Gower Bibliography

Gower's Vox Clamantis and Usk's Testament of Love

Summers, Joanna. "Gower's Vox Clamantis and Usk's Testament of Love." Medium AEvum 68 (1999), pp. 55-62.


Summers' essay begins a bit oddly, with the claim that the usual view among those who have commented is that Gower's call for Chaucer to write his own "testament of love" (CA 8.2955*) reflects his "amusement or disdain" for the poem of Thomas Usk of the same name. At least three of the four sources that she cites make no such claim. (I have not seen the fourth, an essay by David Carlson in the Leyerle festschrift of 1993.) The bulk of this short piece, however, is not about Gower's attitude towards Usk but about Usk's towards Gower. Skeat and others have suggested that the "Shippe of Traveyle" episode in Book 1 of the "Testament" reflects Usk's hearing or reading of the C-text of Piers Plowman. Summers proposes that there is greater similarity to the allegory in Book 1 of the Vox Clamantis, both in the structure of the episode and in some interesting if not exact verbal parallels. In her summary, "both texts present a narrator who foolishly leaves home to become lost in a forest; witnesses the rampages of domestic animals, like swine, who have turned wild; is rescued by a ship, but then is subject to a treacherous storm; and is finally driven to an island" (p. 57). In the Testament, the allegory refers to Usk's experiences in the trial of Northampton, and Usk may have been inspired by Gower's later comparison of a lawsuit to a voyage in rough seas (VC 6.474-80). Summers wishes to suggest that these allusions might have been recognized and that Usk might thus deliberately have cloaked himself in the conservative and royalist sympathies of poet of the earliest versions of VC. She also suggests that the "Margarete" that Usk discovers on the island at the end of his voyage and that he pledges to serve faithfully represents King Richard, an identification that she supports by pointing out that the island in Gower’s vision is very clearly Britain. In the immediately following essay in the same issue of Medium AEvum, Lucy Lewis argues that Usk's "Margarete" is to be identified instead as Margaret Berkeley, wife of Sir Thomas Berkeley, well-known as a patron of Trevisa. [PN. Copyright John Gower Society. JGN 18.2.]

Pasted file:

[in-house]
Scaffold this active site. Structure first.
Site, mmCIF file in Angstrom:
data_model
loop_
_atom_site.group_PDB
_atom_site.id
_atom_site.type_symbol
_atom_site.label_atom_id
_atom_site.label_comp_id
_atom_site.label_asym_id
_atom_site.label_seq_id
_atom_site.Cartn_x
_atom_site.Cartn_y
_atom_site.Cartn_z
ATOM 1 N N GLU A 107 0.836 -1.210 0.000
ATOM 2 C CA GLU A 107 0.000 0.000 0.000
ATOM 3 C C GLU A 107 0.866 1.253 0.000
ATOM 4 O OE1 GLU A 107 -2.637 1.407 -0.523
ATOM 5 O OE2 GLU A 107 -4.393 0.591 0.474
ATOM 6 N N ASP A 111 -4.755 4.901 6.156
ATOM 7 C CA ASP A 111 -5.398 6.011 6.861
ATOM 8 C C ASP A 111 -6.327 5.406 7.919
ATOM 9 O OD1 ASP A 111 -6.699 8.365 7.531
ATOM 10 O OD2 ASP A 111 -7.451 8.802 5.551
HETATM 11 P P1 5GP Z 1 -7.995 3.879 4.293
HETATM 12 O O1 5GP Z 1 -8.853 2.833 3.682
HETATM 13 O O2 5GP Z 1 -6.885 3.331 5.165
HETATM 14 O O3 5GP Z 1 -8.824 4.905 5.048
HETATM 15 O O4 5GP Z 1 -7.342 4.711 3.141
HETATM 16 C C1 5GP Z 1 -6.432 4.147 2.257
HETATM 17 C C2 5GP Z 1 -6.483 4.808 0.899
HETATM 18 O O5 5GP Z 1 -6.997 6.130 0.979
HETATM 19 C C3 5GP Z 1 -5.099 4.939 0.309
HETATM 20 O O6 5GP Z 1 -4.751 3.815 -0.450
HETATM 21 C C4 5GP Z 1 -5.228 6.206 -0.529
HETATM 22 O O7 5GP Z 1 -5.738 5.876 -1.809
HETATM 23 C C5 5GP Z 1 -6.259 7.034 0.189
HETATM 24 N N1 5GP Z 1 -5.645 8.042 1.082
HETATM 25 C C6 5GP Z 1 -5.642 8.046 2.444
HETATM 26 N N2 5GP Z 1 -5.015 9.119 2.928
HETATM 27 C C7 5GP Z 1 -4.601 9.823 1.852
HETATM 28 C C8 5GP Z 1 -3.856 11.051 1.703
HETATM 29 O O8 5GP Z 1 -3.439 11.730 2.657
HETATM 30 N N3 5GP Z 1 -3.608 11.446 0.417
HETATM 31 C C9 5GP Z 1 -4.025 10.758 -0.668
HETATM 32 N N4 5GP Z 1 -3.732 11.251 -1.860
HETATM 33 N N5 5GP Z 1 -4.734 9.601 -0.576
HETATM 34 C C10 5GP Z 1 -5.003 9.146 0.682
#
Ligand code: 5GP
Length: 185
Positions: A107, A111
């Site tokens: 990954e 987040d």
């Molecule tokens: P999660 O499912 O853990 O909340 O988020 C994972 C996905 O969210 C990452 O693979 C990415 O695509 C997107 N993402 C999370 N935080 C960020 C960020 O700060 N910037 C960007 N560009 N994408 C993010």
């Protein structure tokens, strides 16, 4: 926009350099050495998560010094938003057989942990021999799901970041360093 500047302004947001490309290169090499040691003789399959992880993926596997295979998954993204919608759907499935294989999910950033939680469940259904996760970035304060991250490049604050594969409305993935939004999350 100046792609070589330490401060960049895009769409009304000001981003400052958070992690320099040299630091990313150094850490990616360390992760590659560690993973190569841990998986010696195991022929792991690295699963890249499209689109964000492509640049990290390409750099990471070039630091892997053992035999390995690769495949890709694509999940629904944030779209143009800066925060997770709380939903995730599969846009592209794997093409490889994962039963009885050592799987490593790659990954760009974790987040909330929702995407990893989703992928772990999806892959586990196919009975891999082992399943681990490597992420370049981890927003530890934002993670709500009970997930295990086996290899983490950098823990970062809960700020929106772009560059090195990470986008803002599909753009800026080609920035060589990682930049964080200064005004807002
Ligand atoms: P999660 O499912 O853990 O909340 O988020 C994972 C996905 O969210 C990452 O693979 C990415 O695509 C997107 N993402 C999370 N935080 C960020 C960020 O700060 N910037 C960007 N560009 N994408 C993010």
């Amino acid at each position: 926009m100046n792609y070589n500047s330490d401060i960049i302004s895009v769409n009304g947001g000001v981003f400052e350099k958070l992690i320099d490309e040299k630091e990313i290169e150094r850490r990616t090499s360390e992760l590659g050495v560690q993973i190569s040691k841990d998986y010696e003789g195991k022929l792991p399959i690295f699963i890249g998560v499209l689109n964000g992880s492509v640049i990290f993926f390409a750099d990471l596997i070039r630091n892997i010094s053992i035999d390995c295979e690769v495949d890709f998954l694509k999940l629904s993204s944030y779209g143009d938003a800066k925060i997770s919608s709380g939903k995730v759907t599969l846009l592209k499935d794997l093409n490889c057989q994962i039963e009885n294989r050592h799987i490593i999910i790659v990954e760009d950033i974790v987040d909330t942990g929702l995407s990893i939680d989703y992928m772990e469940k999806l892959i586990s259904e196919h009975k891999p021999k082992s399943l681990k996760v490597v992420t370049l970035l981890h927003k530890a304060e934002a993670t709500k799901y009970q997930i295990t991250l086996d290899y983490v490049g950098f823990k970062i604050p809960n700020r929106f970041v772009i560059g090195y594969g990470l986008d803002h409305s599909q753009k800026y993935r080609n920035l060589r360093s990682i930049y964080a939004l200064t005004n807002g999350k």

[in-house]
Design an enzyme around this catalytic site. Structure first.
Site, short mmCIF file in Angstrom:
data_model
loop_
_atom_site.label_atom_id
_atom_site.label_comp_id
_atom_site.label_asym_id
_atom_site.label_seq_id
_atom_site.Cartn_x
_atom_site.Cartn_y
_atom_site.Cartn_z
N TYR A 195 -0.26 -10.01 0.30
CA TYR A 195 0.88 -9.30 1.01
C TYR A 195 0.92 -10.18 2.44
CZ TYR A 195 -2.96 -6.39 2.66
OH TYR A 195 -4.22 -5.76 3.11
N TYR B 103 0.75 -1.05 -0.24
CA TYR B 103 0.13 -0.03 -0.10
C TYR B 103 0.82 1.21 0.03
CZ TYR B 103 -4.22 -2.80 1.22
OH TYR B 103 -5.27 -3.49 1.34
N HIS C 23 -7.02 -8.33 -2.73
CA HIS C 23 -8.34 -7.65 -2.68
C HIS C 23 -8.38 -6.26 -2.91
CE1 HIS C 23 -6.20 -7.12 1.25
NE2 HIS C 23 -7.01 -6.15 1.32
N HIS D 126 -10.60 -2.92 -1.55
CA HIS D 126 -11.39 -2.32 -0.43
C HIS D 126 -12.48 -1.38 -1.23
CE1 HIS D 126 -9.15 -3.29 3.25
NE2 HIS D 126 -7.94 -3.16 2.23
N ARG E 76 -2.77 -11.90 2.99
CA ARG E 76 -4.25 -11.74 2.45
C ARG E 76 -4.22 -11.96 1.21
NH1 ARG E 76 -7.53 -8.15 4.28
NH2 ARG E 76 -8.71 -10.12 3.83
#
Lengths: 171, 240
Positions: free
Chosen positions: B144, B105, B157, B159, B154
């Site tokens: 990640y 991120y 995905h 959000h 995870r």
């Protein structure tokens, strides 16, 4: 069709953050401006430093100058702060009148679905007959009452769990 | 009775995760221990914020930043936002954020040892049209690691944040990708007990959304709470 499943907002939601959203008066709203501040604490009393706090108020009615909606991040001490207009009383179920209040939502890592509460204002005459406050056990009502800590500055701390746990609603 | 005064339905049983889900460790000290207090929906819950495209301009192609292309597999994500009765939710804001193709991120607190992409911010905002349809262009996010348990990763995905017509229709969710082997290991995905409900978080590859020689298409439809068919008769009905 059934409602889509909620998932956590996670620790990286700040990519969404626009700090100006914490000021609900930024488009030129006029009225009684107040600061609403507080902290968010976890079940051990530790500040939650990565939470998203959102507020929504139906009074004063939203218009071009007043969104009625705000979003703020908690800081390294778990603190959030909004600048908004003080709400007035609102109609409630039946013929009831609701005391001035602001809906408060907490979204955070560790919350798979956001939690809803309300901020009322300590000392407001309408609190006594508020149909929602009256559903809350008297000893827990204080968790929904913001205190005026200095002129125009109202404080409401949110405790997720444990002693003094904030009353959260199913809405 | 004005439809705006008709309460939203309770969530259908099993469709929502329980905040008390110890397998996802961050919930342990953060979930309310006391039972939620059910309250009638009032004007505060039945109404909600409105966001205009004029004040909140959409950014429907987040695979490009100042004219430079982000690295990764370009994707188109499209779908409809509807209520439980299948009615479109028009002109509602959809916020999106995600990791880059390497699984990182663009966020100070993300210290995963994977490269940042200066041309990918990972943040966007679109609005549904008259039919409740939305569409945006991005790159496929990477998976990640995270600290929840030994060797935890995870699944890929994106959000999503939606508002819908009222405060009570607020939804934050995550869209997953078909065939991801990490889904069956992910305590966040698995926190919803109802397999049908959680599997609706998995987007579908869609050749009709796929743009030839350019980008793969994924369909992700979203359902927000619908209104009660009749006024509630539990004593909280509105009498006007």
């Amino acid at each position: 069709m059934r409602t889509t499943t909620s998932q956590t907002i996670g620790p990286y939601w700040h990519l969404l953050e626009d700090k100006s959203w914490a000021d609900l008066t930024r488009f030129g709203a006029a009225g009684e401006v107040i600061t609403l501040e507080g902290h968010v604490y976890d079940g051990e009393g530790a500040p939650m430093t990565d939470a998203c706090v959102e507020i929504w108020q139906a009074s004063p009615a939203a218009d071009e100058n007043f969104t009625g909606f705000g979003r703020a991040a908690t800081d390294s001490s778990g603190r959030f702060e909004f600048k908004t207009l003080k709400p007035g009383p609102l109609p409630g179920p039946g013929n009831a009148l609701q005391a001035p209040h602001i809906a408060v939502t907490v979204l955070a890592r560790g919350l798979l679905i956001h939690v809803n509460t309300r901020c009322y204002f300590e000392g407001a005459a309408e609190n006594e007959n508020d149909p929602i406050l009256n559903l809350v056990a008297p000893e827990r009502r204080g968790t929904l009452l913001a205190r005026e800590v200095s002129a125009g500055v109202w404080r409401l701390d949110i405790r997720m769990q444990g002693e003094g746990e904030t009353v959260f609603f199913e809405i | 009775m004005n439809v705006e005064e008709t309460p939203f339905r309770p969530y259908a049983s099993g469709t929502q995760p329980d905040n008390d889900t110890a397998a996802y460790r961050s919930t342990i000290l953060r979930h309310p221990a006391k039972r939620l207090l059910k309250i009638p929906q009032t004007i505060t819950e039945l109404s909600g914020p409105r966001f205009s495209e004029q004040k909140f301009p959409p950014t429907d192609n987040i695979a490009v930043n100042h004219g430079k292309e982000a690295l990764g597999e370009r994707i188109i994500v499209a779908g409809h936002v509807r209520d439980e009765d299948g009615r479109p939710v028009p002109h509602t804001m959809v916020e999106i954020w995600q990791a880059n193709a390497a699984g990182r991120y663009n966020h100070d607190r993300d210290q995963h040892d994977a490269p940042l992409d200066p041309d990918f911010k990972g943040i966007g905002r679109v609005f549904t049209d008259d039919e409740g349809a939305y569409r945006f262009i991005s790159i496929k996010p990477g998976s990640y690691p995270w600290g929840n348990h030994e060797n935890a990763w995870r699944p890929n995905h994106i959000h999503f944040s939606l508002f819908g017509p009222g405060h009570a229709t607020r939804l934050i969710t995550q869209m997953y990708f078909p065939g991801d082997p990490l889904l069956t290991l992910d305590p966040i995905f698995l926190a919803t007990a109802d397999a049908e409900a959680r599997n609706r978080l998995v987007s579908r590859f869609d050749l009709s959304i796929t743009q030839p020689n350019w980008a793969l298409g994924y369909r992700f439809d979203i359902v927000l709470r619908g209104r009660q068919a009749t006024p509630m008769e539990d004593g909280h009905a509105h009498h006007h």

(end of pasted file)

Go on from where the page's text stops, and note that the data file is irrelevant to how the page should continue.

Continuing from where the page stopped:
Item Type:Article
Subjects:Vox Clamantis
Influence and Later Allusion

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